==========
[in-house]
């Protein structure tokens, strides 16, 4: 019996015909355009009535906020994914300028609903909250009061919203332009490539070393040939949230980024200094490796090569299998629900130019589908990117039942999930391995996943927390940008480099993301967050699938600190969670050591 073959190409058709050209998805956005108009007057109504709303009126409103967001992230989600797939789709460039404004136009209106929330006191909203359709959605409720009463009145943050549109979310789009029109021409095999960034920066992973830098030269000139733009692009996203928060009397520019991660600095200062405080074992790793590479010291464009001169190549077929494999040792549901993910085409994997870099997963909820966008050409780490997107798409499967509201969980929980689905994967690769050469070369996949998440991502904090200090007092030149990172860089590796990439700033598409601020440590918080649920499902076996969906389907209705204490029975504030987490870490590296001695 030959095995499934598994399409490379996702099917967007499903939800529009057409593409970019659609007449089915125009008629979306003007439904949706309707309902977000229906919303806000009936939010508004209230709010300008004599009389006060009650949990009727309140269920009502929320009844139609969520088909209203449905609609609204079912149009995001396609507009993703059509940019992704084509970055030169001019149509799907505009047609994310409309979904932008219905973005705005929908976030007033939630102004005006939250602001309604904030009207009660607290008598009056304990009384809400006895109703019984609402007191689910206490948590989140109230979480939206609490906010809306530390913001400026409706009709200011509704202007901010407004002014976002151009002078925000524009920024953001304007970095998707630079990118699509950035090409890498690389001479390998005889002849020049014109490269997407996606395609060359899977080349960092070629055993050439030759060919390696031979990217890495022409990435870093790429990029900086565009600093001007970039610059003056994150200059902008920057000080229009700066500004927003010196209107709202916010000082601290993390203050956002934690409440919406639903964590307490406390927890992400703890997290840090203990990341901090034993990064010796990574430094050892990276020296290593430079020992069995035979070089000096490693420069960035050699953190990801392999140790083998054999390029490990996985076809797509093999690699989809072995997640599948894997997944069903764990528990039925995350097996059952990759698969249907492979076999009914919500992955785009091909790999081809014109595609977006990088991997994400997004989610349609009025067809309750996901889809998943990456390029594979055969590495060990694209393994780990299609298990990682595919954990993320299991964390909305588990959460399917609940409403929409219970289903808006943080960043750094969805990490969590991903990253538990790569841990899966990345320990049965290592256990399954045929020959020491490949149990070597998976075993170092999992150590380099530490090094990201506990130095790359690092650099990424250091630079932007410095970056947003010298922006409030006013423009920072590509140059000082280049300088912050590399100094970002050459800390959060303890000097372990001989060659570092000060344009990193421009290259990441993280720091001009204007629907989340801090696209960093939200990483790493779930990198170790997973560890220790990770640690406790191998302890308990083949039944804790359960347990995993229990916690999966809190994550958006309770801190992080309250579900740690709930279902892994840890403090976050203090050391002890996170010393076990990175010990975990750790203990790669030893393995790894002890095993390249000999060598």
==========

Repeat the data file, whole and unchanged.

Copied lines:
[in-house]
């Protein structure tokens, strides 16, 4: 019996015909355009009535906020994914300028609903909250009061919203332009490539070393040939949230980024200094490796090569299998629900130019589908990117039942999930391995996943927390940008480099993301967050699938600190969670050591 073959190409058709050209998805956005108009007057109504709303009126409103967001992230989600797939789709460039404004136009209106929330006191909203359709959605409720009463009145943050549109979310789009029109021409095999960034920066992973830098030269000139733009692009996203928060009397520019991660600095200062405080074992790793590479010291464009001169190549077929494999040792549901993910085409994997870099997963909820966008050409780490997107798409499967509201969980929980689905994967690769050469070369996949998440991502904090200090007092030149990172860089590796990439700033598409601020440590918080649920499902076996969906389907209705204490029975504030987490870490590296001695 030959095995499934598994399409490379996702099917967007499903939800529009057409593409970019659609007449089915125009008629979306003007439904949706309707309902977000229906919303806000009936939010508004209230709010300008004599009389006060009650949990009727309140269920009502929320009844139609969520088909209203449905609609609204079912149009995001396609507009993703059509940019992704084509970055030169001019149509799907505009047609994310409309979904932008219905973005705005929908976030007033939630102004005006939250602001309604904030009207009660607290008598009056304990009384809400006895109703019984609402007191689910206490948590989140109230979480939206609490906010809306530390913001400026409706009709200011509704202007901010407004002014976002151009002078925000524009920024953001304007970095998707630079990118699509950035090409890498690389001479390998005889002849020049014109490269997407996606395609060359899977080349960092070629055993050439030759060919390696031979990217890495022409990435870093790429990029900086565009600093001007970039610059003056994150200059902008920057000080229009700066500004927003010196209107709202916010000082601290993390203050956002934690409440919406639903964590307490406390927890992400703890997290840090203990990341901090034993990064010796990574430094050892990276020296290593430079020992069995035979070089000096490693420069960035050699953190990801392999140790083998054999390029490990996985076809797509093999690699989809072995997640599948894997997944069903764990528990039925995350097996059952990759698969249907492979076999009914919500992955785009091909790999081809014109595609977006990088991997994400997004989610349609009025067809309750996901889809998943990456390029594979055969590495060990694209393994780990299609298990990682595919954990993320299991964390909305588990959460399917609940409403929409219970289903808006943080960043750094969805990490969590991903990253538990790569841990899966990345320990049965290592256990399954045929020959020491490949149990070597998976075993170092999992150590380099530490090094990201506990130095790359690092650099990424250091630079932007410095970056947003010298922006409030006013423009920072590509140059000082280049300088912050590399100094970002050459800390959060303890000097372990001989060659570092000060344009990193421009290259990441993280720091001009204007629907989340801090696209960093939200990483790493779930990198170790997973560890220790990770640690406790191998302890308990083949039944804790359960347990995993229990916690999966809190994550958006309770801190992080309250579900740690709930279902892994840890403090976050203090050391002890996170010393076990990175010990975990750790203990790669030893393995790894002890095993390249000999060598």